Some such factors preventing the placement of siblings together include a lack of resources, a large number of cases per caseworker, and the need to quickly find appropriate placements for children whose families have entered a period of crisis. Also, there is the constant challenge of finding an adequate number of foster parents. When sibling sets are large it is often difficult to find available foster homes that are large enough, and it may be more important to get the children placed in a safe and secure setting rather than delaying a placement in order to keep the sibling set together.

There is little consensus concerning the advantages or disadvantages of keeping sibling sets together in foster care placements. One study author reported that “[o]f children who enter foster care, research into placement outcome reports comparatively favorable adjustment for those placed with siblings.” Another article reports that children placed with siblings displayed fewer behavioral problems and had fewer previous placements.

Even though research has found that relationships with brothers and sisters are often highly valued, a review of research for its guidance on fostering did not find conclusive evidence that placing siblings together improves their outcomes during or after placement. And a psychotherapist reported that foster children separated from their siblings exhibited fewer psychological symptoms in placement and that separated siblings had better school performance. Further, he noted that other researchers reported that foster mothers perceived foster children in sibling groups as having more difficulty adjusting to a new foster placement than single foster children separated from their siblings.

Other potential disadvantages for the insistence on maintaining sibling groups include placement difficulties, lack of resources, lack of foster families prepared to take large sibling sets, and conflict between the siblings.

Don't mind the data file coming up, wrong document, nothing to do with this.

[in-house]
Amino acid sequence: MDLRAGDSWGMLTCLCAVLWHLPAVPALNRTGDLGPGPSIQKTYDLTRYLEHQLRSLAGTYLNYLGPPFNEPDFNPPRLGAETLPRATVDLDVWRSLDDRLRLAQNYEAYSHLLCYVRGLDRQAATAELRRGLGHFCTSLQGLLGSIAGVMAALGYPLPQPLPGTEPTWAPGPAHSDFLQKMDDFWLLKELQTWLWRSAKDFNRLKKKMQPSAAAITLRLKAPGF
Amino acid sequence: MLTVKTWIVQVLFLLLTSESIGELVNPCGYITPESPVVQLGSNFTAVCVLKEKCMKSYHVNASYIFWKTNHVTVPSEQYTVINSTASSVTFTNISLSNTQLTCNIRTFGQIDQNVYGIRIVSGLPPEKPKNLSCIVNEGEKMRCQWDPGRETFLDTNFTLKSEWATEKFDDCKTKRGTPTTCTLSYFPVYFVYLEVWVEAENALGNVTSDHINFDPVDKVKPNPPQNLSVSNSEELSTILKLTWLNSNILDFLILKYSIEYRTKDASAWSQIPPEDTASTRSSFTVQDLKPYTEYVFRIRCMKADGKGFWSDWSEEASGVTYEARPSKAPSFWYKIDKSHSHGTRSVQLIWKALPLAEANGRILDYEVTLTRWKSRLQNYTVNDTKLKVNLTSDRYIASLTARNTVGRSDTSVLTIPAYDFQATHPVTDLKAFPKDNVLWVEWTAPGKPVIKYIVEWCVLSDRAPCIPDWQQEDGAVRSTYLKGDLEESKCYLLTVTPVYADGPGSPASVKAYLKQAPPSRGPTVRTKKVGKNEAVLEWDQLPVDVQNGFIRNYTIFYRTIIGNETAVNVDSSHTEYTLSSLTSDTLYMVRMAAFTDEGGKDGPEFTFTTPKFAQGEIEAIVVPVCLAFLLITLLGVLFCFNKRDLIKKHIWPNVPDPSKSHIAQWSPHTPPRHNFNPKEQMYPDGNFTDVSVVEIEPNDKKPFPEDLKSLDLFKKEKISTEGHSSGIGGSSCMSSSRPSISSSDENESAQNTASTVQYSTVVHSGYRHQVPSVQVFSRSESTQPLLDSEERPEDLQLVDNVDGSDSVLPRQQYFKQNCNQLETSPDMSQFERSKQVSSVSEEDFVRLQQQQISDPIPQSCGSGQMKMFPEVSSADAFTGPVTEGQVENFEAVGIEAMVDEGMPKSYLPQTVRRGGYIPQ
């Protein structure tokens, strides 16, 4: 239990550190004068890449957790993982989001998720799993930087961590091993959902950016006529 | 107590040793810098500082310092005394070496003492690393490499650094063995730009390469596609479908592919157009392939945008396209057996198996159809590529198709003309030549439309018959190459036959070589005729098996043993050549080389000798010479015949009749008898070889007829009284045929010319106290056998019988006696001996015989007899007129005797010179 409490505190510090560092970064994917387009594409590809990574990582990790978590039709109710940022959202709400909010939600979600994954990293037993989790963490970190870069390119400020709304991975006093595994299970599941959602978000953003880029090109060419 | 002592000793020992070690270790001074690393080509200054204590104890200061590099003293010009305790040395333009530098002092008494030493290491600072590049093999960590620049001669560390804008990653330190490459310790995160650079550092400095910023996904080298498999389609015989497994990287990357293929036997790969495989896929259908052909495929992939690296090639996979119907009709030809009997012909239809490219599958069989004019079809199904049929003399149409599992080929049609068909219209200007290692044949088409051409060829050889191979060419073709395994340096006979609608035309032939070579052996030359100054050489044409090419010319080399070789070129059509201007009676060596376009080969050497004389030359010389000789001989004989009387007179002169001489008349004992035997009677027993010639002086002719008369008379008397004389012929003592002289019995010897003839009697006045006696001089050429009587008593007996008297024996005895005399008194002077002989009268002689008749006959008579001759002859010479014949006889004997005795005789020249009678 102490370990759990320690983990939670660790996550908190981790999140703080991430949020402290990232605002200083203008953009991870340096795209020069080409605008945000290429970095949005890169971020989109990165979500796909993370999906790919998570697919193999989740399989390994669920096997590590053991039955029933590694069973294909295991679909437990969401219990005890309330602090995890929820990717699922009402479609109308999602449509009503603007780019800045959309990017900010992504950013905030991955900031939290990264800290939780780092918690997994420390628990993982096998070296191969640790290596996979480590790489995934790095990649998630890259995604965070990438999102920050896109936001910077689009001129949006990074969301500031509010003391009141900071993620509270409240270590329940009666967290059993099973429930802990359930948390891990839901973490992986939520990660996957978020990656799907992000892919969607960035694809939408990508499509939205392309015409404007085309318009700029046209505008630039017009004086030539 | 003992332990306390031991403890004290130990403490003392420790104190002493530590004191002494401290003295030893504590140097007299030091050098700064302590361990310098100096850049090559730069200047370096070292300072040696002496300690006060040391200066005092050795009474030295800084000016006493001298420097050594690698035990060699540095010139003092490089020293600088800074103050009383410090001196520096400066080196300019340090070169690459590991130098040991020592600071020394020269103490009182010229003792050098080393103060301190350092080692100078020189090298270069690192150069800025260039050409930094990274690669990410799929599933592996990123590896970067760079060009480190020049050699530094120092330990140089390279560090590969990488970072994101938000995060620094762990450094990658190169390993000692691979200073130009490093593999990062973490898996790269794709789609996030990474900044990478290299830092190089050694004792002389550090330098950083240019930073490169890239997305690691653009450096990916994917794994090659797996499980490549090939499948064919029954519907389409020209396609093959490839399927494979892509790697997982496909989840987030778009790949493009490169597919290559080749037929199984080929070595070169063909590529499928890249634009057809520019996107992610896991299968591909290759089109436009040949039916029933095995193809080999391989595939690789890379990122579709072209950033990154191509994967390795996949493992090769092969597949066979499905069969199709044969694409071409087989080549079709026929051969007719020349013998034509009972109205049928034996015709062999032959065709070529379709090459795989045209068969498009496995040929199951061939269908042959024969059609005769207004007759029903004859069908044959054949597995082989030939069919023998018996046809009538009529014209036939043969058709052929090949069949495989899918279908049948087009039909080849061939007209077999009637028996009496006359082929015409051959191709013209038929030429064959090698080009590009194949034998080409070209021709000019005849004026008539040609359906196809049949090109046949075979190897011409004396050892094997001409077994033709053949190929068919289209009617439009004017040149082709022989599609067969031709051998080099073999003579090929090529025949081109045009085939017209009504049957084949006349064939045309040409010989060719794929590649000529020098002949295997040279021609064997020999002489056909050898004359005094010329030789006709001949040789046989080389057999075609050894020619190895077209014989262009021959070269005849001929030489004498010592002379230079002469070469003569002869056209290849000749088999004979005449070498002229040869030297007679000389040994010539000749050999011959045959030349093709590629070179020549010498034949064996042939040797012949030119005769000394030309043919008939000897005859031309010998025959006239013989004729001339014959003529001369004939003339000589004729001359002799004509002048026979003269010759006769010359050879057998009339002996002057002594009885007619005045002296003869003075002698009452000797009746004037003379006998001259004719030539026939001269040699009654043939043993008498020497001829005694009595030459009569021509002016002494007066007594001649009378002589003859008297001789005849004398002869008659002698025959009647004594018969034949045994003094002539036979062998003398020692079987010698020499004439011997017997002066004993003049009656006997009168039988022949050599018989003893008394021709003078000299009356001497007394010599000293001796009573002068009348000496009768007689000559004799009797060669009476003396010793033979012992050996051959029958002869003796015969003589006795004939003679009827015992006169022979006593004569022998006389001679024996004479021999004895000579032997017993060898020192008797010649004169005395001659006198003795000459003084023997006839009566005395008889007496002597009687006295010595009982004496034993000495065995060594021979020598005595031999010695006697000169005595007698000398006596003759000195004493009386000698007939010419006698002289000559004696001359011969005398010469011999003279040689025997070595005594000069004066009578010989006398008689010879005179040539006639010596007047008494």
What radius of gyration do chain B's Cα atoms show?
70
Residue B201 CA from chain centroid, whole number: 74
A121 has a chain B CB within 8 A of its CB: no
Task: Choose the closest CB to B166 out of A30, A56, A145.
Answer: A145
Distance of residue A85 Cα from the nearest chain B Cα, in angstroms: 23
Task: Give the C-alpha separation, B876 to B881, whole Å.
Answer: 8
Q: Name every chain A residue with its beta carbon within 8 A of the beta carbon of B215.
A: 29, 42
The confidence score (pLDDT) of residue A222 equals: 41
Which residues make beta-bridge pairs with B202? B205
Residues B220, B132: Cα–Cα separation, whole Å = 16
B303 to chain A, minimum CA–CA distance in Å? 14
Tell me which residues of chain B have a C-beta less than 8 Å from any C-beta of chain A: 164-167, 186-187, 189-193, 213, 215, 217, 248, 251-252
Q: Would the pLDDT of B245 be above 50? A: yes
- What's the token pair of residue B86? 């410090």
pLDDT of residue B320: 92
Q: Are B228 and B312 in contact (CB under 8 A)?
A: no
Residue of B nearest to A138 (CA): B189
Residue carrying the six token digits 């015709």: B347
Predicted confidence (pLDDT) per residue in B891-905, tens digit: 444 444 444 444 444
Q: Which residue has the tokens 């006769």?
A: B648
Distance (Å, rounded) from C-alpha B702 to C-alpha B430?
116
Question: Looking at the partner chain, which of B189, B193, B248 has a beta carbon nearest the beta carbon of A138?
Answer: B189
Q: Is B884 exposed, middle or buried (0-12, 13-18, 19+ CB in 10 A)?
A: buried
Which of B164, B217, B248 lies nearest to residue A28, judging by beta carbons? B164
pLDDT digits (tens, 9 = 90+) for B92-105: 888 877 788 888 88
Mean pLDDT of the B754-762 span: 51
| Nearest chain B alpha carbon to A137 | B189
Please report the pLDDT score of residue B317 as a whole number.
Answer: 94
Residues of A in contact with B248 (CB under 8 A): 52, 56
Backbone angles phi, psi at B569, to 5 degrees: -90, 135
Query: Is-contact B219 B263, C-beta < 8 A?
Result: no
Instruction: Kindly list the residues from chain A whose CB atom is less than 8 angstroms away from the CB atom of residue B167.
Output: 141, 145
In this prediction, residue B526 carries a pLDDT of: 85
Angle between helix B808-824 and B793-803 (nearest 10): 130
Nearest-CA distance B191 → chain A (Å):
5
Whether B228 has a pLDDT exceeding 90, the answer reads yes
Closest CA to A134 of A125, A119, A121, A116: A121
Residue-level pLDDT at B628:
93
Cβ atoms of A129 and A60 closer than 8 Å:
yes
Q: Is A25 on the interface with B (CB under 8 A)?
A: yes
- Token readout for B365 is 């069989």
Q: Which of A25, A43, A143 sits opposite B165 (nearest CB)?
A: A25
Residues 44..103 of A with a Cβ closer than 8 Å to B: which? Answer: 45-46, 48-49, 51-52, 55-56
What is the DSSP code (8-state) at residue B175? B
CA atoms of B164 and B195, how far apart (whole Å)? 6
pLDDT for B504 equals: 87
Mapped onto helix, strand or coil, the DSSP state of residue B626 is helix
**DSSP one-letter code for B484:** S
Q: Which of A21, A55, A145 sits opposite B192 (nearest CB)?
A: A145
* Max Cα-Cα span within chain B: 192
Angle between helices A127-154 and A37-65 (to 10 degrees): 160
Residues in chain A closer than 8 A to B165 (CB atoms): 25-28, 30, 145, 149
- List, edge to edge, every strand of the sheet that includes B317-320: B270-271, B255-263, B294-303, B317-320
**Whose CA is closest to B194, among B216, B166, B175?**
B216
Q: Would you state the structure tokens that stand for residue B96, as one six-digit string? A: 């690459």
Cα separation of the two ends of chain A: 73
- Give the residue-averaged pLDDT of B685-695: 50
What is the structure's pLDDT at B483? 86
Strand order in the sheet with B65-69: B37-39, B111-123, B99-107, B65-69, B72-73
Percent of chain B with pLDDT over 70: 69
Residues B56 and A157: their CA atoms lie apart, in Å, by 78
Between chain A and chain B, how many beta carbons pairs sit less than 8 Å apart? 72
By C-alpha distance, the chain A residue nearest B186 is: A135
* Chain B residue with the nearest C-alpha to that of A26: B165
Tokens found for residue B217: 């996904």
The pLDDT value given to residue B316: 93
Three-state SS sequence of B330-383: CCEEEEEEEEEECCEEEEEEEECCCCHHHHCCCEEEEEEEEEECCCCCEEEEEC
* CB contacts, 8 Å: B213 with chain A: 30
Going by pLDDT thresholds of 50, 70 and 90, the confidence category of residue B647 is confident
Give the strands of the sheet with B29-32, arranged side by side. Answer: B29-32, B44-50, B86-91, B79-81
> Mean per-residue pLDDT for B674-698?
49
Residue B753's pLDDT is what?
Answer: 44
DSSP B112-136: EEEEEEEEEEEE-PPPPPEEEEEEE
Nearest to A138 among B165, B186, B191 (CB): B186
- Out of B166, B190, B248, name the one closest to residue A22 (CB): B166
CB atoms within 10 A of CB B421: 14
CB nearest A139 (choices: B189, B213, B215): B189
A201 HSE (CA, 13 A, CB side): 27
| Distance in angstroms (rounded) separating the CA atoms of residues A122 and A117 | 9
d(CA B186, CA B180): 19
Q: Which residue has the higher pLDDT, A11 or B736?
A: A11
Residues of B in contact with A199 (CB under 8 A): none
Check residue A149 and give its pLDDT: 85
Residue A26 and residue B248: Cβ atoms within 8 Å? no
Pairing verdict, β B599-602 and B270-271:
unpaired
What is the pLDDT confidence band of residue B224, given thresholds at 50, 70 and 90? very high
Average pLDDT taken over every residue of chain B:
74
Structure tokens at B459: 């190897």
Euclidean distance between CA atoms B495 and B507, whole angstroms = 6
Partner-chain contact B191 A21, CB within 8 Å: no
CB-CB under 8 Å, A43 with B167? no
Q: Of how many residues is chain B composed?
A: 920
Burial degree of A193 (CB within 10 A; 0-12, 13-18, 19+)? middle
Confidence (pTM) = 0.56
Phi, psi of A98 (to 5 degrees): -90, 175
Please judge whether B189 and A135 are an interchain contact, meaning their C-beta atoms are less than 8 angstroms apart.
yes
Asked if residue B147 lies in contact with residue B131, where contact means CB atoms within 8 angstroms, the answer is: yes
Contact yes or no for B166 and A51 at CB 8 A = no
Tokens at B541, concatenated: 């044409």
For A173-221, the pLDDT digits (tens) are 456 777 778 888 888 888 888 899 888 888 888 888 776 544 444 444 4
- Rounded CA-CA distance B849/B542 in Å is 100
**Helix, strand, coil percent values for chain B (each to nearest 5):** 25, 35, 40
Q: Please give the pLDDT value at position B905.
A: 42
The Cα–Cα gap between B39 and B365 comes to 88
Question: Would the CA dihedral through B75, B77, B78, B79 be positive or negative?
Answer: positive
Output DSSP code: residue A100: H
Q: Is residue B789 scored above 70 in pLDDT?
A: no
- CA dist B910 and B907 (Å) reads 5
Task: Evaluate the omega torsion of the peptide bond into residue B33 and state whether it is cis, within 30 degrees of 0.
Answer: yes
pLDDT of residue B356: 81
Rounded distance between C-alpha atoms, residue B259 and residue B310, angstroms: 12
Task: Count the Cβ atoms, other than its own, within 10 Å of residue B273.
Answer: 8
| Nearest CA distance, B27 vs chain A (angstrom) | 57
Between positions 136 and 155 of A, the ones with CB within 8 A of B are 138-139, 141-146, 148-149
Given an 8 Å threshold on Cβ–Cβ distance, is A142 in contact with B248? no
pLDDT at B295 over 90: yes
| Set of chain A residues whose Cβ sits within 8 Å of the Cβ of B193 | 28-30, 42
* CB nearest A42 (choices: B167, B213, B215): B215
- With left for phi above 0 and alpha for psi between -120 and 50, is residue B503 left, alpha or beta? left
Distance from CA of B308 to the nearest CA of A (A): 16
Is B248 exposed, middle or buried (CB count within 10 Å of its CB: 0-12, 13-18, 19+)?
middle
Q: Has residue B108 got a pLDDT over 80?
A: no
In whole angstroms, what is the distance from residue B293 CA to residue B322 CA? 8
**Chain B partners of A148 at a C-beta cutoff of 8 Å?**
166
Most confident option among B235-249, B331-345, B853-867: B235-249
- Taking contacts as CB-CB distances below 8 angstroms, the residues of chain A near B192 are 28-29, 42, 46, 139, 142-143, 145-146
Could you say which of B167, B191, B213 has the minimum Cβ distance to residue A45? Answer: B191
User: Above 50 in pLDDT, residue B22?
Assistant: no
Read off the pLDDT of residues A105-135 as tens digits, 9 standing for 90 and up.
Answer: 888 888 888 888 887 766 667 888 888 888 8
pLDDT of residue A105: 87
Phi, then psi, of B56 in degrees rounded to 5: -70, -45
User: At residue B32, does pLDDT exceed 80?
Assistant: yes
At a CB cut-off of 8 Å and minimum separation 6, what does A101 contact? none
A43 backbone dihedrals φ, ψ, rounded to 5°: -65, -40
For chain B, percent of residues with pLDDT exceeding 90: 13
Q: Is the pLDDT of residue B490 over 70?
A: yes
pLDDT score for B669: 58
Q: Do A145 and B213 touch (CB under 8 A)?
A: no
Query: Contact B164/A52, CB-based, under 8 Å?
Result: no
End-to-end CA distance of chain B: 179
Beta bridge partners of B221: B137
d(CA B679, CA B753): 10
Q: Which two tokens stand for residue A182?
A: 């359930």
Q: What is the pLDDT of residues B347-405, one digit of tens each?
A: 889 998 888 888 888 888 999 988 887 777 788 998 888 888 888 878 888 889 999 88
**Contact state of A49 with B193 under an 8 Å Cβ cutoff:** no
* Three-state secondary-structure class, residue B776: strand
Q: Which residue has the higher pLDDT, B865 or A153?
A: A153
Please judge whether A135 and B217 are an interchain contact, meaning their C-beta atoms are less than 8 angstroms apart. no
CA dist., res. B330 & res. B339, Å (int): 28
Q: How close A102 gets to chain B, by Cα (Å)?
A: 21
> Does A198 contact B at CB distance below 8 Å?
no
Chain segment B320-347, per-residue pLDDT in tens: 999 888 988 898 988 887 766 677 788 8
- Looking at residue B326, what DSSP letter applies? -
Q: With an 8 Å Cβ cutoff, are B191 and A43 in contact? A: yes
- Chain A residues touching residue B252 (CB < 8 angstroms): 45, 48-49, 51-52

With respect to the children, broad age ranges can make it difficult to meet the children’s disparate needs in the same setting, and strong sibling rivalry can make siblings too difficult to manage in one placement. Further, it has been reported that sibling separation could in fact lead to improved sibling relationships in certain cases.

Separation has been shown to ease conflict and sibling rivalry between children, while visitation allows for increased positive interactions. It is also beneficial for the siblings to be placed separately when one or more of them have special needs. Siblings placed together can reinforce behavioral problems that are used as coping mechanisms in an abusive home. It is often easier to place individual children for adoption than to search for a home that will take the entire sibling group, which delays permanency for each child and works to the detriment of the siblings in the long run.

In situations where siblings are raised in separate households, they may not know of their brothers or sisters. Thus, prioritizing joint placement based on a theory of maintaining close sibling relationships may not be rationally based, and it is sometimes the children themselves who request separation. Other situations where separation should be considered include instances of violent behavior—which may include emotional, physical, or sexual abuse—occurring within the sibling set. This will be explored in more depth later in this article.